As an electric fan stirred the stale air, Kassindja, wearing a long, cream-colored caftan, instructed one of his wives to train it on him. He said genital cutting was done because his forefathers had done it. Women who were not cut would be mocked. The rite was not required by Islam, he said, but neither did the prophet Mohammed prohibit it.
"There are some girls who die after being excised, it is true," he said. "But to me it's not the excision that caused the death."
Asked why some girls die, he spread his hands and shrugged.
And he added a bit of folklore. Girls who bleed modestly from their genital wounds are known to be virgins, he said, while those who bleed profusely are not.
Kassindja, who has 15 children by his four wives (two in Kpalime, one in Lome and a fourth in Kounssountou), burst out laughing when asked how many of his offspring are female. He did not know off the top of his head. He reeled off their names, counting on his fingers. He has, he discovered, eight girls. So far only three have been cut and married.
His youngest wife, Adidjatou, was cut 10 years ago when she married him at age 15. Even though the agony of having her genitals sliced off with a razor blade was far worse than the pain of childbirth, she said, she still approves the practice.
"During the ceremony, they find out if you are a virgin," she said. "If you are a virgin, the man will pay more dowry and your family will be honored by the husband. I was glad because I was a virgin."
But when Kassindja briefly stepped outside for midday prayers, his 18-year-old son, Moussinou, declared that he wanted to marry a woman who had not been cut. His views, he said, have been influenced by teachers at his French-speaking high school.
And Salamatou, the 35-year-old wife, said she would have run away, just like Fauziya, if she had been old enough. She remembered a woman sitting on her chest when she was a little girl as others held her legs apart while her clitoris and genital lips were cut off.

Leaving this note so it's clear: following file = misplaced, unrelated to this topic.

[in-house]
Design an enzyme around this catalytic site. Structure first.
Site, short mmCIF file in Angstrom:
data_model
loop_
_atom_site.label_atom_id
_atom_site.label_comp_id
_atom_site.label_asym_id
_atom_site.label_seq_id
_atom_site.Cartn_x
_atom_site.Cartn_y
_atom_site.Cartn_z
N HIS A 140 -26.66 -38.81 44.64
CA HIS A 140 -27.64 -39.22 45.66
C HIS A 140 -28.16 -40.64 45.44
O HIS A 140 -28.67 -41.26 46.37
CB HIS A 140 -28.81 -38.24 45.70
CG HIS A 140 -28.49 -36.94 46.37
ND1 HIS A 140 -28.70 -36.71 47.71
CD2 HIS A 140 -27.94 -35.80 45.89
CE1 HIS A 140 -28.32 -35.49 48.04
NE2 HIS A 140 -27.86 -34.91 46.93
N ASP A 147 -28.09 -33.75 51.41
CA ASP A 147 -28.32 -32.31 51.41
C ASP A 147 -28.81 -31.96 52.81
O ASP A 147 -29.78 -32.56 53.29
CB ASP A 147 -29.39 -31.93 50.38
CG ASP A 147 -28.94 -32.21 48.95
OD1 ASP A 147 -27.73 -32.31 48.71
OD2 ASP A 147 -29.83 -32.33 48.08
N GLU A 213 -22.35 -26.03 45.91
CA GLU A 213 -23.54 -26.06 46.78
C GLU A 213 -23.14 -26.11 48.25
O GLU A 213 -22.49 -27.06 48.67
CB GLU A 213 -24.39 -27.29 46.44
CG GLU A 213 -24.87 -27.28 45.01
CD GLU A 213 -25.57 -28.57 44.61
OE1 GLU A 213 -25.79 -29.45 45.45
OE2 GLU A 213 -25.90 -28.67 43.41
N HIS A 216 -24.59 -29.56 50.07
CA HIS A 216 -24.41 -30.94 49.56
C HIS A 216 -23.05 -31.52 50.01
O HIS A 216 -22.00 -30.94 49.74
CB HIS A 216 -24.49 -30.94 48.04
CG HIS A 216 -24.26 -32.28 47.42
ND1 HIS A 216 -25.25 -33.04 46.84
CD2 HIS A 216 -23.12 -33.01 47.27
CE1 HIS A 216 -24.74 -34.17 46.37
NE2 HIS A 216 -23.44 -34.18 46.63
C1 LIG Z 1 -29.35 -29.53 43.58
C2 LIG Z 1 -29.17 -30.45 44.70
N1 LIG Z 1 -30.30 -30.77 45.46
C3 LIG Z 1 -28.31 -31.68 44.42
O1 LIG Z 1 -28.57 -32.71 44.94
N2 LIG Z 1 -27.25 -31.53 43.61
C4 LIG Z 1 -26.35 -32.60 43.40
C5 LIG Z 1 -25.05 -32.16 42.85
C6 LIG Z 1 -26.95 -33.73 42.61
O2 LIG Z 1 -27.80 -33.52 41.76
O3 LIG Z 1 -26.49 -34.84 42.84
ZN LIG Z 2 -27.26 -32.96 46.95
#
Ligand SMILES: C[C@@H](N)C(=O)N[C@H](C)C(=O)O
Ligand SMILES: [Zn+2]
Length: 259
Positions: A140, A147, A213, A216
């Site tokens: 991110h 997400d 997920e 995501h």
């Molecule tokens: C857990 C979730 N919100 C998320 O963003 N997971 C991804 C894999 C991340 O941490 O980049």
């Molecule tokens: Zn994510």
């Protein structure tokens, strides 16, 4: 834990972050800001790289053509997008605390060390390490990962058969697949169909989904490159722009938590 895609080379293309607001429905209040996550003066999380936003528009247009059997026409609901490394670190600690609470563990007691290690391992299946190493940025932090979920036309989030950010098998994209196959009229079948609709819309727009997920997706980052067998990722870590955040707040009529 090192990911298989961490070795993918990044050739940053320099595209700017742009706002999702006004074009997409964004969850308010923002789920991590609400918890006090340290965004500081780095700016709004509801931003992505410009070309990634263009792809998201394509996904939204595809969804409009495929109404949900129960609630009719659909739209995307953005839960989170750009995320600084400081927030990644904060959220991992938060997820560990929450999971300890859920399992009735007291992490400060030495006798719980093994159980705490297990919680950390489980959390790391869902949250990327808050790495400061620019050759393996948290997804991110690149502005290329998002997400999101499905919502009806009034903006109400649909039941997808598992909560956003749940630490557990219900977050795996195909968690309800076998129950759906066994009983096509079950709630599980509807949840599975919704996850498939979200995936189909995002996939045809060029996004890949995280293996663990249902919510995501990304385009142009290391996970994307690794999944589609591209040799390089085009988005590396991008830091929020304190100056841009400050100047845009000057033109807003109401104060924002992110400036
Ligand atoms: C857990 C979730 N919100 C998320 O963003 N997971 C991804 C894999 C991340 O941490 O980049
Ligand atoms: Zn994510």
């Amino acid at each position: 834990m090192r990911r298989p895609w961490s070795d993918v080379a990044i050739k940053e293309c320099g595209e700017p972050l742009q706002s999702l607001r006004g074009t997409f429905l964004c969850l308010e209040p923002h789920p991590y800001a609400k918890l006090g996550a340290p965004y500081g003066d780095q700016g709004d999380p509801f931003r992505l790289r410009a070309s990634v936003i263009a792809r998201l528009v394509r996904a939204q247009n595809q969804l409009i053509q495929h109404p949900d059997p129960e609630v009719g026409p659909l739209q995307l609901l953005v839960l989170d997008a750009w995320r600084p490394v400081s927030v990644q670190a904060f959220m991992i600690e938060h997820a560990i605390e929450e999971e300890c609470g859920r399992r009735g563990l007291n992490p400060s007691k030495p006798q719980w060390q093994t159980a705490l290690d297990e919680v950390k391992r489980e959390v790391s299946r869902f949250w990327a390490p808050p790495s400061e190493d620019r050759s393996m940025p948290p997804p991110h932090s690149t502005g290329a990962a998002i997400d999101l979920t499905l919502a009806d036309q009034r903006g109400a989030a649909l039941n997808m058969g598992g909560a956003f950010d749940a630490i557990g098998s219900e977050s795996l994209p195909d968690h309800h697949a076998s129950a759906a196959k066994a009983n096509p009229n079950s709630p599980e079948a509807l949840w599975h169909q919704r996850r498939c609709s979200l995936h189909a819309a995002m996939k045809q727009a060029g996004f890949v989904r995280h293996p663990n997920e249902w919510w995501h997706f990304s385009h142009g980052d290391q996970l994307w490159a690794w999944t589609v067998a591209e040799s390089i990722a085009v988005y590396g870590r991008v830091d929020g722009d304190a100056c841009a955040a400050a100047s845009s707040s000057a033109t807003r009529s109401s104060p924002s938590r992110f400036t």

Glancing at her husband who had come back into the room, she said she would bow to his wishes in the excision of their plump, shiny-eyed, baby daughter, Fatima, who was then suckling at her breast.
"I have to do what my husband says," she said. "It is not for women to give an order. I feel what happened to my body. I remember my suffering, But I cannot prevent it for my daughter."
Later, in her small, cell-like bedroom, she spread Fatima's pudgy thighs apart, then made a quick scooping motion with her hand to show that all the delicate tissue there would be cut away.
The Apology: Admonished, Then Absolved
At 8 a.m. on July 18, Mrs. Kassindja arrived at the patriarch's compound at the agreed-upon hour to make her apology. Men representing her family sat on a wooden bench facing members of the patriarch's family, ensconced in tattered chairs.
Mrs. Kassindja herself sat apart in a hard wooden chair. All joy had drained from her face, which was sunk into the palm of her hand. She did not speak because she is a woman. Instead, a male cousin offered the formal apology on her behalf. She sat motionless as the patriarch lectured her emphatically before accepting the apology.
"I cannot refuse," he said. "It's finished."
Later that day, she joined Kassindja's wives in the small, closed world of his courtyard. She washed her feet before praying to Allah. The scene seemed peaceful.
But a few hours later, her head pounding with an unbearable headache, she asked to be taken to Kpalime's small hospital. There, the nurse put her on an intravenous saline drip and gave her pills to ease the pain.
This nurse, Aliou Batcha, said that in less than a year at the hospital, he has treated five girls whose parents brought them in hemorrhaging and unconscious after being cut.
"They were in shock," he said. "It's very serious. If we don't take care of them quickly, they can die."
The Village: A Ritual Endures: 'This Is the Law'
Kounssountou, the small village where the Kassindja family originated, is north of Kpalime, off the main, two-lane highway that runs up the center of this small country, about an hour down a rutted, red-dirt road that leads into the heart of the Tchamba area.
It is a poor village of farmers who survive by growing corn, cassava and yams. They live without electricity or running water in thatched mud huts and small stuccoed houses.